Wednesday, March 18, 2015

Sparks of Steampunk from Herland

By reading early sci-fi books, you gather wonderful steampunk ideas, as well as a Regency, Victorian and Edwardian perspective on their vision of the future. Last month, I blogged about Mary Griffith’s 300  Years Hence, which was written in 1835. Almost a hundred years before Charlotte Perkins Gillman wrote Moving The Mountain, Herland, and With Her in Ourland, which was from 1911 – 1916. The similarities between 300 Years Hence and the stories listed above are they’re feminist works, futuristic utopia fiction, and they are written by American women.
Published in 1911, Moving the Mountain is the author's glimpse of thirty years into the future, so it goes from 1910 to Gillman’s utopia vision of 1940. Griffith and Gillman, though one wrote in the Regency period and the other in the Edwardian one, mention food and futuristic improvements in the type, the preparation, and the selling of it. People in the Regency, Victorian, and  Edwardian periods needed changes for the better regarding the food they bought and ate. This is great inspiration for creating steampunk gadgetry in your books, to improve the way food is cooked or served or the way people clean up the kitchen and the dishes after eating. You could even develop a seed with a brand new type of miracle vegetable or fruit that doesn't even exist.
Writers love food scenes because the five senses are almost automatic. You don’t’ have to think much to add them into the scene. Smell, taste, feel – with all the different textures of food, sight – with the colors and the way it’s served, and sounds - setting things on the table, china and silverware interacting, people walking around the table, pulling chairs out, dogs barking for scraps, and all the noises of cooking food. It’s also an easy way to interest the reader and bring them further into the story. Everybody the past, in the future, and even in alternate universes. People like food. Readers like food.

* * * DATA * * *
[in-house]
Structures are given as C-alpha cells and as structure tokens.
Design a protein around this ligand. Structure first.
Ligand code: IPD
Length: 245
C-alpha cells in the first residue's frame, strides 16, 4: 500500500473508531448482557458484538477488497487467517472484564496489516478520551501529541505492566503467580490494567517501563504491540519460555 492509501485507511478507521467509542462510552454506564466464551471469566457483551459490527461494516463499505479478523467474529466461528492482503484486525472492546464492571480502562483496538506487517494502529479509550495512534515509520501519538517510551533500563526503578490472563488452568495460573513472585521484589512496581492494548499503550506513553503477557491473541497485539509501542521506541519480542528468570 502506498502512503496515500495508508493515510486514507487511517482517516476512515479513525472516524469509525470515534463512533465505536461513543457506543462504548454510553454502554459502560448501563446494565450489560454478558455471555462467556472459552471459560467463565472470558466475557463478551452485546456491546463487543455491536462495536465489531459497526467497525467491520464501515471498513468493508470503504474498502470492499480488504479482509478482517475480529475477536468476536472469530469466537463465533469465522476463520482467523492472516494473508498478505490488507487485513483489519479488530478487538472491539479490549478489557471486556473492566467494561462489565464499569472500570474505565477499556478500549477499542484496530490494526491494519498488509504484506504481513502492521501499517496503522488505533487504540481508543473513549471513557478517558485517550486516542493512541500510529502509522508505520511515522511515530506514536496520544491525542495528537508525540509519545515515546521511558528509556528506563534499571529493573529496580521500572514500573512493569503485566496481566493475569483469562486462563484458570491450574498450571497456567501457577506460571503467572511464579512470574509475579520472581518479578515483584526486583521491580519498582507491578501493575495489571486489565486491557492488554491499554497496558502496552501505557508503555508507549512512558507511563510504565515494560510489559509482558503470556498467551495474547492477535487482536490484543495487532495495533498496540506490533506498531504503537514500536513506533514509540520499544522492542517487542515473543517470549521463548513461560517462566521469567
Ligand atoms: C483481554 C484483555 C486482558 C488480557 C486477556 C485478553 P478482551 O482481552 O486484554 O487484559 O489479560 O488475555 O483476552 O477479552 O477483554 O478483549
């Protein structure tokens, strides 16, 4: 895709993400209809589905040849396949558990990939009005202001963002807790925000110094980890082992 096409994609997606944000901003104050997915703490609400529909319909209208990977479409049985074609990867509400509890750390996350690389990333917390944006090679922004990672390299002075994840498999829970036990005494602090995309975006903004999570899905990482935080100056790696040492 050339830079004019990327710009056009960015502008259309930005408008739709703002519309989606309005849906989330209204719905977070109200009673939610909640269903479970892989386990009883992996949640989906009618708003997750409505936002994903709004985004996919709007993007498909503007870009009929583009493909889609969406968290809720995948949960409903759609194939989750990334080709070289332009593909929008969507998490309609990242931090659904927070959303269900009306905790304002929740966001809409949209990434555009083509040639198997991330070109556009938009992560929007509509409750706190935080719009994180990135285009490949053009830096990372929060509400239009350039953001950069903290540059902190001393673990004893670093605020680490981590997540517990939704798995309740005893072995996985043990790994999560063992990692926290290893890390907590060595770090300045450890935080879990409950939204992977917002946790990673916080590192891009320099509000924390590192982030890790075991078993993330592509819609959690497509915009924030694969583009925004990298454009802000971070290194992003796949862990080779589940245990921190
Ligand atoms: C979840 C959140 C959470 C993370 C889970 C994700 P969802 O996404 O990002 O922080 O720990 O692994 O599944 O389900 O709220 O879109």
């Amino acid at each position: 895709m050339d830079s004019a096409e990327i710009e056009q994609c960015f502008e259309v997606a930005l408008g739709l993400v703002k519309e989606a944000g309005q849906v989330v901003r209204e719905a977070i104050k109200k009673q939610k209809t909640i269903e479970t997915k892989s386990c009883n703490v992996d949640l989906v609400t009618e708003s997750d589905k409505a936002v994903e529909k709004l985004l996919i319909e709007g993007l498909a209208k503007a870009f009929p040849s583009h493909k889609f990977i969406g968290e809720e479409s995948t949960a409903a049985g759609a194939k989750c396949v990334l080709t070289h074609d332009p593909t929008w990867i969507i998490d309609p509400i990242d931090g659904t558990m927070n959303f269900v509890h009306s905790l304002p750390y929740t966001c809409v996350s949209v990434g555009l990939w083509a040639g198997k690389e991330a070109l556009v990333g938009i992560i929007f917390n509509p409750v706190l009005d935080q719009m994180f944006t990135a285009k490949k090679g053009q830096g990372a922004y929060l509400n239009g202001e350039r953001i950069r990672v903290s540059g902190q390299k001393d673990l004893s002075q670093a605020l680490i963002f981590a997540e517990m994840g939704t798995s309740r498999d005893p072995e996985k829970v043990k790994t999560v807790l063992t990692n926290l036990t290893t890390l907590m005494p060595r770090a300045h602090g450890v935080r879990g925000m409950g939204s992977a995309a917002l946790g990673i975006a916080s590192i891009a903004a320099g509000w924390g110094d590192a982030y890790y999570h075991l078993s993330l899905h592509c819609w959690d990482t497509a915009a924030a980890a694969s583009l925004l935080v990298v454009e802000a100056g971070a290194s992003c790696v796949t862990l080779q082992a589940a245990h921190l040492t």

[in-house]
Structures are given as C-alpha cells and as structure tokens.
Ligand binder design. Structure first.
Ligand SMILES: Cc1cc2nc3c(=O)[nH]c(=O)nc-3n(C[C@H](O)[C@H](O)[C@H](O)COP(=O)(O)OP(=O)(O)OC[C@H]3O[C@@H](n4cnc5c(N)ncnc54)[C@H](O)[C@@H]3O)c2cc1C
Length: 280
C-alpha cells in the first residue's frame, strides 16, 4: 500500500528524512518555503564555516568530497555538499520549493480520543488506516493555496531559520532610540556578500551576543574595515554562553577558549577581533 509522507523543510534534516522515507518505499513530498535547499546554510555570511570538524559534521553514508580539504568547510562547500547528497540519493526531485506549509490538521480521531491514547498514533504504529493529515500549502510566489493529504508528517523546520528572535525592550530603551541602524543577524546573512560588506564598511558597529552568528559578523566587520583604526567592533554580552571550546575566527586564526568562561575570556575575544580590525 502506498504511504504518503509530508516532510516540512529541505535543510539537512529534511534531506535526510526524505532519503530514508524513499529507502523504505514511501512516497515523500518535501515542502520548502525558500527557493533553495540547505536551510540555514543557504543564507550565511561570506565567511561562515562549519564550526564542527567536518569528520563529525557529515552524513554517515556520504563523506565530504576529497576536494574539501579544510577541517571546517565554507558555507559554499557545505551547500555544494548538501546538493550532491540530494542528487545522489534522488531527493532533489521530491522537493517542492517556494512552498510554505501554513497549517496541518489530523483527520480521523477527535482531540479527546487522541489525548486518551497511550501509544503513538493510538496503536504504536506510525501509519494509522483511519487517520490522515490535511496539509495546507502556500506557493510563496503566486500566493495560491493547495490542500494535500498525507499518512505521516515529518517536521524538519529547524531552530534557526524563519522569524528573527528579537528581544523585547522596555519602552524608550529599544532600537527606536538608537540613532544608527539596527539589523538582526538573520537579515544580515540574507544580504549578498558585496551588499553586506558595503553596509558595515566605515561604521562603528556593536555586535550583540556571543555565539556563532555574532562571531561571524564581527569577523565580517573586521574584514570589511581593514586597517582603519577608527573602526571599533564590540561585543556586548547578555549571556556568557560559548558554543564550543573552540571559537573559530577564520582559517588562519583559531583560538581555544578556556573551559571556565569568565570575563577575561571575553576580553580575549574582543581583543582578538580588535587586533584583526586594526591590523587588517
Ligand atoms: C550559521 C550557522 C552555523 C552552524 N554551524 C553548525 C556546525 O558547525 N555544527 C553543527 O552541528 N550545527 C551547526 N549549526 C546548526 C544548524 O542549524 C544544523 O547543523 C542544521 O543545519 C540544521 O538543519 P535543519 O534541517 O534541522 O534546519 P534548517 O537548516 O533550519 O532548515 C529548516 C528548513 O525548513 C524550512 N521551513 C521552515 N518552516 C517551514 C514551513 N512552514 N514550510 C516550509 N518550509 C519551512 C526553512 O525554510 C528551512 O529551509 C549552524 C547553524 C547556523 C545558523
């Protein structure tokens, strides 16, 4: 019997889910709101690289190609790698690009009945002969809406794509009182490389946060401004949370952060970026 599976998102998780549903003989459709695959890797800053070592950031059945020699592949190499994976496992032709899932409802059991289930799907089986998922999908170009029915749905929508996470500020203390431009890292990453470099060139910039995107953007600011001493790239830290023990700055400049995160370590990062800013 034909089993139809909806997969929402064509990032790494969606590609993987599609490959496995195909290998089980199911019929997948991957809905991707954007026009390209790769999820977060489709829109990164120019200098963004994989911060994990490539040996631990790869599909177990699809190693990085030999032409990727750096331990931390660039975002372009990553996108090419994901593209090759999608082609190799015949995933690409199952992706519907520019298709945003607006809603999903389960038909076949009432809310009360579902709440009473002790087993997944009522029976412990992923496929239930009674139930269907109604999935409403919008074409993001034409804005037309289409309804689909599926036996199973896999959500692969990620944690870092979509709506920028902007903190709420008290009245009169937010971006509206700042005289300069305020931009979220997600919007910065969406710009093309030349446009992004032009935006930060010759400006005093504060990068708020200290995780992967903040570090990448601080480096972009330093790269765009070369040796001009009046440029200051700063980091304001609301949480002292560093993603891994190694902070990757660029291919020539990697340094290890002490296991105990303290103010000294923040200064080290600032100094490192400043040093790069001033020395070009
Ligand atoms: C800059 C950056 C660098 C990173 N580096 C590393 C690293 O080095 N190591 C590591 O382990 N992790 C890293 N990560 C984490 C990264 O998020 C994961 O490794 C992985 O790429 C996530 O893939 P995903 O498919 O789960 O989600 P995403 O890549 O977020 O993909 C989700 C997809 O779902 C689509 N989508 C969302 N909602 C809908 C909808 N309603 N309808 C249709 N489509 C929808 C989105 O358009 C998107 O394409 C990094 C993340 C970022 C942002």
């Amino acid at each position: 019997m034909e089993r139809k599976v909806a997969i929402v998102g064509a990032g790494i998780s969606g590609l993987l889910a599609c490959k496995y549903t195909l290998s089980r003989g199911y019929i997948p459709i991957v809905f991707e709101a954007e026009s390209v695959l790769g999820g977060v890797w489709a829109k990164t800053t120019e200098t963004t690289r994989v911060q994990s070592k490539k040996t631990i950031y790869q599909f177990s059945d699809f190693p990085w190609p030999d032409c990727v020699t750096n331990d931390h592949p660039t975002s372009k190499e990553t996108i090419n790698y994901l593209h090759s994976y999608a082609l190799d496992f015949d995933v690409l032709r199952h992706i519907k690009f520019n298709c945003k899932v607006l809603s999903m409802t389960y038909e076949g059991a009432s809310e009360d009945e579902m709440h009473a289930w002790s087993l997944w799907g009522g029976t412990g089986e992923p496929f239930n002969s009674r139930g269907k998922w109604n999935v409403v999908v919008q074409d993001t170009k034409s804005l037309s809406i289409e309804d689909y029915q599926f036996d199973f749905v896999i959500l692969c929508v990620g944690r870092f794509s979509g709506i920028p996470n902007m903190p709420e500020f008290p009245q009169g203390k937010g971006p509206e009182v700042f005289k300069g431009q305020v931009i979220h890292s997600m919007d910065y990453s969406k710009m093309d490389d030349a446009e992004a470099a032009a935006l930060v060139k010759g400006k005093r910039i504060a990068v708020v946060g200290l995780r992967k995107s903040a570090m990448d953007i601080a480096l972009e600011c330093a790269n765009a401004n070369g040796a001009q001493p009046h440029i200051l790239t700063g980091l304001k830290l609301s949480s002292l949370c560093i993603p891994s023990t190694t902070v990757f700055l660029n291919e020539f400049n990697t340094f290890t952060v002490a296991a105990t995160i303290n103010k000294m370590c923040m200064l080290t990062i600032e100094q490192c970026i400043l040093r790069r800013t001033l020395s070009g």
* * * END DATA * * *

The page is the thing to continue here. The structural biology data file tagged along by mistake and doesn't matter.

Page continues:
“They took me between rows of glass cases, standing as books do in a library, and showed me the day’s baking: the year’s preserves: the fragrant colorful shelves of such fruits and vegetables as were not fresh picked from day to day.” This description from Moving the Mountain, of a future food department in the basement of a New York apartment building, reminds me a bit of the old-fashioned coin operated automat restaurants, without the coins. To the left is the automat opened in 1902, in Philadelphia. This waiterless restaurant looks so steampunk.
The utopia Herland is more fantasy than Sci-Fi as it’s set in the time written, 1915, rather than the future. Three young, well educated men go on a big scientific expedition. While there, their guides and the savage tribes they meet  speak of a land of women only. So at the end of the expedition before they had to go home, the three friends decide to try to find this land. The rich friend has a boat and airplane and they use them to find Herland.  They are comfortably held captive and the women learn from the men as much as they can, while they teach the men their history. The women in Herland have been without men for two thousand years, as the males all died due to war and violence. At some point in time, one of these women had a parthenogenesis birth, a virgin birth. This process continued through time and the women always gave birth to girls.
Several creatures in the animal kingdom do this. But there are also species who usually produce sexually but in some cases in captivity have given birth parthenogenetically: Komodo dragons,  a captive bonehead shark  and a blacktip shark gave birth to female offspring while in captivity and DNA testing proved the pups delivered contained no genetic material from a male. In 2010, a female boa produced several all-female litters that carried a rare genetic mutation, a DNA test confirmed the birth was through parthenogenesis. Though parthenogenesis can be seen as good in allowing female creatures to give birth without mating, it's bad in that it reduces genetic diversity. Parthenogensis birth in humans has been used in books and TV shows and video games. I’m not sure of steampunk stories utilizing it, but you could not only go utopian you could get very mad scientist and dystopian with it. Charlotte Perkins Gilman wrote of parthenogensis birth 100 years ago, so it definitely fits in with the Victorian era and Steampunk.
From Her In Ourland, we learn a lot of the issues of 1916, from the perspective of someone who lived at that time. Also Ellador, who leaves Herland with her husband, one of the three friends, studies the outside world as she travels all over and comes up with ideas of ways to improve many of its horrors. She returns to Herland with her husband and gives birth to the first boy born there in over two thousand years.

An Edwardian perspective of the future can be enlightening and inspirational for Steampunk authors. Also you can get a female perspective on that time period by reading sci-fi or utopia books written by women authors in the Regency, Victorian, and Edwardian eras. Because women have been reading and writing Sci-Fi for hundreds of years. Please feel free to comment below. All comments welcomed.
~      ~      ~

No comments:

Post a Comment